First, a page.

The other evening a brother and I were chatting about the various songs and musicians that we have appreciated over the years. To our surprise, we discovered that we have similar musical tastes, and so the conversation had a certain air of shared nostalgia about it that was quite enjoyable.
One of the things that struck us both is how, since we entered religious life, our use of music for entertainment and relaxation has changed dramatically. Prior to receiving the habit, we had used music as a kind of continuous “soundtrack,” if you will, for our lives. Of course, we both still greatly enjoy listening to music, and we still feel a deep connection to many songs; but it is not the same as it was, and this, we conjectured, is for a few different reasons.
Chiefly, it is due to the fact that silence is such an integral part of our life now. This is true both individually and, perhaps especially, in our communal life. We must cultivate, not only for ourselves, but also for our brothers, “space” for prayer and contemplation; and so having a constant, ongoing “soundtrack” is impossible. Another, related cause is that music is now chiefly directed, not to entertainment or relaxation, but to the worship we offer God in the Divine Office and the Holy Sacrifice of the Mass.
Yet, aside from these factors, there is a very different reason for the diminishing role of musical entertainment in our lives, and that is, quite simply, a lack of satisfaction with it. Although this lack of satisfaction was not mentioned explicitly in our conversation, it exemplifies a truth that I have often had occasion to think about in the last few years. As we grow in our interior lives and in the love of God, we become dissatisfied with passing, man-made things. This extends not just to music, but to favorite meals, movies, and hobbies—even to something as simple as that trip to our favorite store or shop.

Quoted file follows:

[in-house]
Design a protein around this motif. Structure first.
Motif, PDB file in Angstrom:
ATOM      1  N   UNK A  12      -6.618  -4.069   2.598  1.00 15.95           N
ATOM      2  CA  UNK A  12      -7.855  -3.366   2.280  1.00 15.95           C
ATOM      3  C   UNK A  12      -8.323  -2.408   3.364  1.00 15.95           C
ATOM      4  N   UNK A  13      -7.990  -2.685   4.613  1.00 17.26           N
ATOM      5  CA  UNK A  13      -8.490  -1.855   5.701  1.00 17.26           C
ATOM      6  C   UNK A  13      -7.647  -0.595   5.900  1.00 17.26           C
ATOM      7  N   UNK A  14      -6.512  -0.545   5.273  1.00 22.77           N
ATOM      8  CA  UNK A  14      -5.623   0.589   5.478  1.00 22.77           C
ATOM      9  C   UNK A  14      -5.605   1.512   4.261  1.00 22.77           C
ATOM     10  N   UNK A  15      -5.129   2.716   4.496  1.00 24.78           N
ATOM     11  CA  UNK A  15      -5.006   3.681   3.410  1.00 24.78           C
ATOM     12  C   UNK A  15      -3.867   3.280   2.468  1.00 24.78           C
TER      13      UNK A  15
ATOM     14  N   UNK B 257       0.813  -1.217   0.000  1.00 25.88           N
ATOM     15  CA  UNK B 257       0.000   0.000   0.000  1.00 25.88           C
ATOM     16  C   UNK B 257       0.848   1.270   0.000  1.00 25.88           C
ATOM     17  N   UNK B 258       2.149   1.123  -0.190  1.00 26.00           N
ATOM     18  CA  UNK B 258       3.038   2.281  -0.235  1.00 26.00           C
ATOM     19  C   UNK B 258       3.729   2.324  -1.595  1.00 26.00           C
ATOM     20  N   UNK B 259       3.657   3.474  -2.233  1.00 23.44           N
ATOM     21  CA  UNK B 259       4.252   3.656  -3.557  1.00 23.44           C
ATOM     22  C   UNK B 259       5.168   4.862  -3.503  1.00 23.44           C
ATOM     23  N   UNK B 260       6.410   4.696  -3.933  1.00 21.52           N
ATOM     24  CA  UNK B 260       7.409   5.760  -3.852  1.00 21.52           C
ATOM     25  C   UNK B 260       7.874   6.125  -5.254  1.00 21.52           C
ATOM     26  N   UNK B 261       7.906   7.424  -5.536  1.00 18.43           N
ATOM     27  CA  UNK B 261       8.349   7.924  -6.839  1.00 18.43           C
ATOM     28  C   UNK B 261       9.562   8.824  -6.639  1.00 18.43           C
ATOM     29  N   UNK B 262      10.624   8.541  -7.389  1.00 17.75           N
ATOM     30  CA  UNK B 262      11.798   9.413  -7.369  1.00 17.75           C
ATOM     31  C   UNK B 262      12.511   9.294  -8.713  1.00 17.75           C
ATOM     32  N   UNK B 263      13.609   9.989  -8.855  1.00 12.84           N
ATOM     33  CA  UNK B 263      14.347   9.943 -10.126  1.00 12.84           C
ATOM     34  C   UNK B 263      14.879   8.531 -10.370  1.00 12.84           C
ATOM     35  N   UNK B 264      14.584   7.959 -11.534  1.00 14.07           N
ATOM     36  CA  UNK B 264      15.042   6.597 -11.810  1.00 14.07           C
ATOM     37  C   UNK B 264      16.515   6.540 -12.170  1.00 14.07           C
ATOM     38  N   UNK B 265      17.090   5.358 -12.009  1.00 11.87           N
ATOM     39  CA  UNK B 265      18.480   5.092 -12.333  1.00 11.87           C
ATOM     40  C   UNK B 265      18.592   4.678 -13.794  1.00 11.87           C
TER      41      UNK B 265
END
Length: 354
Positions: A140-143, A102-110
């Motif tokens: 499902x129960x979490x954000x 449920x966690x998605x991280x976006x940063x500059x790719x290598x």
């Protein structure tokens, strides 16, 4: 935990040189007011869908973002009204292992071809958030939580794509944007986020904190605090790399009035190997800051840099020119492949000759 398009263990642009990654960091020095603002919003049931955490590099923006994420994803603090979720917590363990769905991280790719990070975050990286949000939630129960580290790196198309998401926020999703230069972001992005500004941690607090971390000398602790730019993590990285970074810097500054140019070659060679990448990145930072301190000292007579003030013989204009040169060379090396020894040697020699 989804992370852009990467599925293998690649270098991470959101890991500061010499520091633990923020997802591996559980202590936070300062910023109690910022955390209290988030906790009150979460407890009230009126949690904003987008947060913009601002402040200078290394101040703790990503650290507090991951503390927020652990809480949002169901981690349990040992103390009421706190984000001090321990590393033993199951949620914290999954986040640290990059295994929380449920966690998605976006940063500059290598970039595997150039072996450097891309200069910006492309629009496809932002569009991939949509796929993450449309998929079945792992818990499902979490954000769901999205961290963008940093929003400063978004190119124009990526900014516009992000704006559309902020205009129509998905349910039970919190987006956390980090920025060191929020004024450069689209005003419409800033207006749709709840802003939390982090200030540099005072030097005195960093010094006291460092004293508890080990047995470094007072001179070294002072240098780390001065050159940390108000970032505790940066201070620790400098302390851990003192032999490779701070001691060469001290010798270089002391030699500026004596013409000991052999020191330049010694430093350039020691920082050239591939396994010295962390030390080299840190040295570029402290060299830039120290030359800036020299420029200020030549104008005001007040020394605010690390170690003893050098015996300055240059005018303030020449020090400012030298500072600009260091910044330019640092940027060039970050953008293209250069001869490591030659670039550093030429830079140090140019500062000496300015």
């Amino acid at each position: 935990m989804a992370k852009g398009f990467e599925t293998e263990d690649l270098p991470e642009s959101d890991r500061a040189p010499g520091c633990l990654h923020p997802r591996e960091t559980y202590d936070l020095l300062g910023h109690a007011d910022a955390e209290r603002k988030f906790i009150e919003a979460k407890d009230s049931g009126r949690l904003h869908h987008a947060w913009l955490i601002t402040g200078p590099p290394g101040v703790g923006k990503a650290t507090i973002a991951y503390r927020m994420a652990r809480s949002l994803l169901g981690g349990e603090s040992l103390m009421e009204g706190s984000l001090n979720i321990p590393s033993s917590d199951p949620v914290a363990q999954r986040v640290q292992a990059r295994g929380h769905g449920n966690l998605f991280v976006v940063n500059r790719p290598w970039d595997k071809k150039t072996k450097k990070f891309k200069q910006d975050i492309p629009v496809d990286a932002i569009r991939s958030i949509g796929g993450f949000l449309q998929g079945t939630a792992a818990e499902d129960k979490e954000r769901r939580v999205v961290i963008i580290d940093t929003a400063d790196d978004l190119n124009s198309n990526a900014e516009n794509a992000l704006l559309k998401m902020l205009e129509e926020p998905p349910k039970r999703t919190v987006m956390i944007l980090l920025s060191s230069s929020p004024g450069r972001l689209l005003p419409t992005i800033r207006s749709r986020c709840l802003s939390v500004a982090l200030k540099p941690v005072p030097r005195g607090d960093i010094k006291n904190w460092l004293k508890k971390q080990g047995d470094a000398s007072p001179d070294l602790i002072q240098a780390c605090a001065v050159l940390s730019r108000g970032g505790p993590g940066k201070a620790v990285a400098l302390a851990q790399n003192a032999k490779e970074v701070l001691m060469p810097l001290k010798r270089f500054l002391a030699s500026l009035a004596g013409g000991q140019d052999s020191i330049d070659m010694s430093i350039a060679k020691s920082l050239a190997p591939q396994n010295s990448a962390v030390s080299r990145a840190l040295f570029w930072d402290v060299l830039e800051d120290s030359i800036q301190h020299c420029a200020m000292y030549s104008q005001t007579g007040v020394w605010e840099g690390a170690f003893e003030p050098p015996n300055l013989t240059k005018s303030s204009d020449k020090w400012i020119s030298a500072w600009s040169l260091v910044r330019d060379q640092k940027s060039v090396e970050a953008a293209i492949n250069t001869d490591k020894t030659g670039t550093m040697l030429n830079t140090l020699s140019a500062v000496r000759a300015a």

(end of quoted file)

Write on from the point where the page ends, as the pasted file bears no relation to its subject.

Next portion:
Of course, we still enjoy these things, and they are an enormous part of our life as sensate creatures. In fact, sometimes they are great consolations and serve to bring out our core Christian joy; but as we grow in holiness—whether we are married or single, old or young, consecrated religious or not—God will gently remind us, even in the midst of these diversions, that He is our only lasting joy. In one way or another He will say to us, “I AM the only thing, the only one, that will truly bring you complete satisfaction.”
In an age when we can carry our entire music collection in our pocket, hop on a plane and arrive in continental Europe in less than twelve hours, or take tens of thousands of photos documenting the lives of friends and family, this holy dissatisfaction is critical. Indeed, it is essential, for without it we are not free; we are always held back from unreserved love. May God grant us such dissatisfaction, that, as our desire for created goods wanes, our desire for Him may never stop growing.